Stephen Strasburg’s Shutdown Has Backfired Because Nationals Are Too Busy Playing What-If to Focus on Winning

by NESN Staff

October 11, 2012

Stephen Strasburg's Shutdown Has Backfired Because Nationals Are Too Busy Playing What-If to Focus on WinningShutting down Stephen Strasburg
for the season was a bold move by Washington general manager Mike Rizzo, and
one that he knew would come with its fair share of criticism.

While Rizzo might have been
tempting the baseball gods by so openly promising the team's return to the
postseason, however, it is not the wrath of those gods or any amount of karma
that has pushed the Nationals to the brink of elimination.

Instead, it is the
wrath of the Nationals players that has done so, as the team grows more
frustrated with each passing day at the absence of their ace pitcher.

Even before the Nats were one
game away from being eliminated by the Cardinals, the Washington players were
openly distracted
by Strasburg's shutdown. One anonymous player confided to FOX
Sports' Ken Rosenthal on Tuesday, "If we had 'Stras, we'd be up 2-0."

Therein lies the folly of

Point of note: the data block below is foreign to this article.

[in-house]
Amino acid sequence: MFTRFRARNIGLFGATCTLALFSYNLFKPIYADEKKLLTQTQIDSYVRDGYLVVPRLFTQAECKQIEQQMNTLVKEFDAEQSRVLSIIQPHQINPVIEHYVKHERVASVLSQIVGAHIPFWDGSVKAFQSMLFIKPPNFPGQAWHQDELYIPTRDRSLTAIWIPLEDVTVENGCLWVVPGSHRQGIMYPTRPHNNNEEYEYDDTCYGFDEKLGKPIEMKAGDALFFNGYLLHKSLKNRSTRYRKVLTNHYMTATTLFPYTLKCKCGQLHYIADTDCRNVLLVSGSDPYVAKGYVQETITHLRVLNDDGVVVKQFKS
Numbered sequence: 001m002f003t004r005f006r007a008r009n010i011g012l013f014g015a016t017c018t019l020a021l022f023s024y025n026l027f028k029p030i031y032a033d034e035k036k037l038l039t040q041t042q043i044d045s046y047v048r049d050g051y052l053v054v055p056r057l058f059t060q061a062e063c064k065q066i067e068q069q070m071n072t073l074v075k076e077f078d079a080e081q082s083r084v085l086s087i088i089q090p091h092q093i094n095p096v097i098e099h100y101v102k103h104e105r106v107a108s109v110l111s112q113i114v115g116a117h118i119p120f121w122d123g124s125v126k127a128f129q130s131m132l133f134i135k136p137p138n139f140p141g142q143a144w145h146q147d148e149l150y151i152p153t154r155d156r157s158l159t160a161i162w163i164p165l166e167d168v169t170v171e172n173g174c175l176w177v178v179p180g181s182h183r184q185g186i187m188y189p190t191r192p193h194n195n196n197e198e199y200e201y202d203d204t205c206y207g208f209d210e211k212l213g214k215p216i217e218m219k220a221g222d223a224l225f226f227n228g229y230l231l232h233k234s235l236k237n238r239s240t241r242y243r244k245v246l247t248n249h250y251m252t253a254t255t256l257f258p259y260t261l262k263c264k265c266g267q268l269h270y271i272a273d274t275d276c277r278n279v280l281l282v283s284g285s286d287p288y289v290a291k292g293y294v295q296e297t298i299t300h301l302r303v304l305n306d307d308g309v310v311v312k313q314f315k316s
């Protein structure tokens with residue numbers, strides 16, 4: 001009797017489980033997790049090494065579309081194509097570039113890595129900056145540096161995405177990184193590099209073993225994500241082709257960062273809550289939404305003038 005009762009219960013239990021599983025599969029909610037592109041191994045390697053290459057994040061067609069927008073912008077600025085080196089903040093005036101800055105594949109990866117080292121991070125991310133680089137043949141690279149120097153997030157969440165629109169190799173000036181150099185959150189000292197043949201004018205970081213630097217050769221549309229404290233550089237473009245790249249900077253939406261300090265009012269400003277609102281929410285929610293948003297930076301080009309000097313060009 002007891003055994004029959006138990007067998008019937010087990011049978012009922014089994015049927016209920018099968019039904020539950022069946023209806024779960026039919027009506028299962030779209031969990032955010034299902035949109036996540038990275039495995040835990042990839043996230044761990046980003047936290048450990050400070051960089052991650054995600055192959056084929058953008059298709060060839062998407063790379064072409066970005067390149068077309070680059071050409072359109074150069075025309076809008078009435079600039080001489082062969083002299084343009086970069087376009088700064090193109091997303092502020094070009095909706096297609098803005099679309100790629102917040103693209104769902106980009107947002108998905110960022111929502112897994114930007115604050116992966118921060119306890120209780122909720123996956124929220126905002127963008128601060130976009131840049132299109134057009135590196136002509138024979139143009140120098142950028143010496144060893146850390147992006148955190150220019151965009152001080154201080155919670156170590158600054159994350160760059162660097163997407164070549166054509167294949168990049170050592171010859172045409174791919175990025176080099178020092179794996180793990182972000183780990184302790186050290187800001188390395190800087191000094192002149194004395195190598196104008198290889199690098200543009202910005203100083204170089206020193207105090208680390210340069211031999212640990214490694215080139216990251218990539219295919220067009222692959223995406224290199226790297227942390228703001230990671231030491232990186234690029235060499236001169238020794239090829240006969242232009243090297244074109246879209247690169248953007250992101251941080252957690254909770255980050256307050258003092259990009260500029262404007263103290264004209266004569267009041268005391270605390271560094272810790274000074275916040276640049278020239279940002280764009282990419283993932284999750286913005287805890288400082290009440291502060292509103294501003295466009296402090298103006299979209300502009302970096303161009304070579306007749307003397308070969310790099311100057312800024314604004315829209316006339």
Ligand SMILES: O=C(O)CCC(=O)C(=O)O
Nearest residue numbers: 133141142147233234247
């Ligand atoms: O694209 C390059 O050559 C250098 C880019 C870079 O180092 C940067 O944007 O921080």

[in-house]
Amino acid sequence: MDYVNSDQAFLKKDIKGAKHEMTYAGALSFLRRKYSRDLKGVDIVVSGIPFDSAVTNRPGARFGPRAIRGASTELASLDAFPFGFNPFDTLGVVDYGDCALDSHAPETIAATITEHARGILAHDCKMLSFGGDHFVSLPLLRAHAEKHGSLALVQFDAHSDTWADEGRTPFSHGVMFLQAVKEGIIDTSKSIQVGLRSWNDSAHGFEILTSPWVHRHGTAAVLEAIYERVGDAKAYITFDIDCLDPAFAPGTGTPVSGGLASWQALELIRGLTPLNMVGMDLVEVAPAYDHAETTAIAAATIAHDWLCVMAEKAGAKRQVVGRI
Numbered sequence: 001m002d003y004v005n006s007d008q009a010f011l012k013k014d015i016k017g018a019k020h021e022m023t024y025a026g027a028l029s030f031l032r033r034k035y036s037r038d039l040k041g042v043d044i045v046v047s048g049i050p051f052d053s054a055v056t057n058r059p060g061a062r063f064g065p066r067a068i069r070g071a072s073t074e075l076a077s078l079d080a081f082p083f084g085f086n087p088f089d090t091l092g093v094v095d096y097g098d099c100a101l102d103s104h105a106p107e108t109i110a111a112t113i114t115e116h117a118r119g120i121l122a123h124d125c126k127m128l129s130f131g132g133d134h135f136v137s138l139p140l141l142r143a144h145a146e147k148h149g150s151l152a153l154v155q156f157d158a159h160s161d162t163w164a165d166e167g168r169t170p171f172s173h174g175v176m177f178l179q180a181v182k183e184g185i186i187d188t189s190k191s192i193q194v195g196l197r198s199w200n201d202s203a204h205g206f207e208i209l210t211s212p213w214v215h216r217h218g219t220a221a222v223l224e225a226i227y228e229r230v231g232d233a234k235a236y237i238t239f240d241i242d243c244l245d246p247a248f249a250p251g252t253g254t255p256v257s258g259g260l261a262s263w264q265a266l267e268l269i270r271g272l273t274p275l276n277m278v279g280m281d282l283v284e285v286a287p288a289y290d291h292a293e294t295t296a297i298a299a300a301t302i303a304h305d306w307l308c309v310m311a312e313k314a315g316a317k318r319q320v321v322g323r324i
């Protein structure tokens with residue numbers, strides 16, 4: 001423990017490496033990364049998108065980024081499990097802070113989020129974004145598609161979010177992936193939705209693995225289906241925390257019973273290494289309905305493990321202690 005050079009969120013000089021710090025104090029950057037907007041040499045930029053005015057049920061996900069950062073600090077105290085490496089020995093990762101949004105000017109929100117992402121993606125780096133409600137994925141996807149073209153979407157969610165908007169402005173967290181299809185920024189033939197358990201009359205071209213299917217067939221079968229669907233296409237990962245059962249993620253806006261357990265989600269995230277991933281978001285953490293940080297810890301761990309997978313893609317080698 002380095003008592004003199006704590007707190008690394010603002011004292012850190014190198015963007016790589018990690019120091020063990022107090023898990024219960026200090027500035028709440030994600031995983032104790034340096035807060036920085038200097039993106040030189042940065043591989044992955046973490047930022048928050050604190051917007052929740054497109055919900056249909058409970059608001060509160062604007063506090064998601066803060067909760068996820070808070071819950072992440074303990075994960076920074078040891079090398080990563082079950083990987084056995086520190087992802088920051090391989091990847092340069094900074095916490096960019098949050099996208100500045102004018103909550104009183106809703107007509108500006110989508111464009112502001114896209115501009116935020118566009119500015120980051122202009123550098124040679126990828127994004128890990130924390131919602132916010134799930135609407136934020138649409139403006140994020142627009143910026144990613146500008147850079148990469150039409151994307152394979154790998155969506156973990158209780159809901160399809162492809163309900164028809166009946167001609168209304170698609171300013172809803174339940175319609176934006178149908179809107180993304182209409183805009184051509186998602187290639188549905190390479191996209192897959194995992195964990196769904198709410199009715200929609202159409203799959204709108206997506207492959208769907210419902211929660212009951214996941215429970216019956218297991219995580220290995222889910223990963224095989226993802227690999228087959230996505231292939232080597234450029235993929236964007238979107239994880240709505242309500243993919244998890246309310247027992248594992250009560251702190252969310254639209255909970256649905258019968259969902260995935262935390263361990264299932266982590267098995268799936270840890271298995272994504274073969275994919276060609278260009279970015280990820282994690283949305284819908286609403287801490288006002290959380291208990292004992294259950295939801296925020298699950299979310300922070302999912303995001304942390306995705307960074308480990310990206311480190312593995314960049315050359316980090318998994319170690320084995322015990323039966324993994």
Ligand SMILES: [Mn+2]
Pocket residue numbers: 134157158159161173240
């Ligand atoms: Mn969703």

Rizzo's (and the organization as a whole's) decision to stop the 24-year-old
righty from continuing his season after just 159 1/3 innings. By indicating to
the players that the organization was focused on the long-term, they sapped the
clubhouse of its urgency right now. Instead of going all-in on the 2012 campaign, the
Nats signaled to the players that not winning this year is an acceptable

It has become all too easy for
Washington to make excuses in the light of Strasburg's shutdown, and the
players have pounced on that opportunity. Which is a shame, because even on the
days that Strasburg wasn't pitching, the Nats were a formidable opponent. Now, they're a shell of their
former selves.

Yes, Strasburg isn't responsible for the 30 runners that
Washington has left on base during the first three games of the NLDS. But
instead of the focus being on the underperforming lineup, it has been on Rizzo
and the team's front office. And while Rizzo might be the team's Dark Knight,
willing to have the vitriol directed at him "because he can take it,"
a little pressure on the field might not be so bad, either.

The Nationals are not out of
this series, and a win on Thursday would force a Game 5 at home. That's a
game in which anything can happen, even without Strasburg on the mound.

Instead, they appear to have
resigned themselves to their fate, realizing that they are no longer the best
team in baseball. The Nationals are right about that, but that doesn't mean
that their season should be over.

Hopefully someone, maybe even
Strasburg, should tell them that before Game 4.

Click here for an opinion on Chris Carpenter's gritty Game 3 start >>

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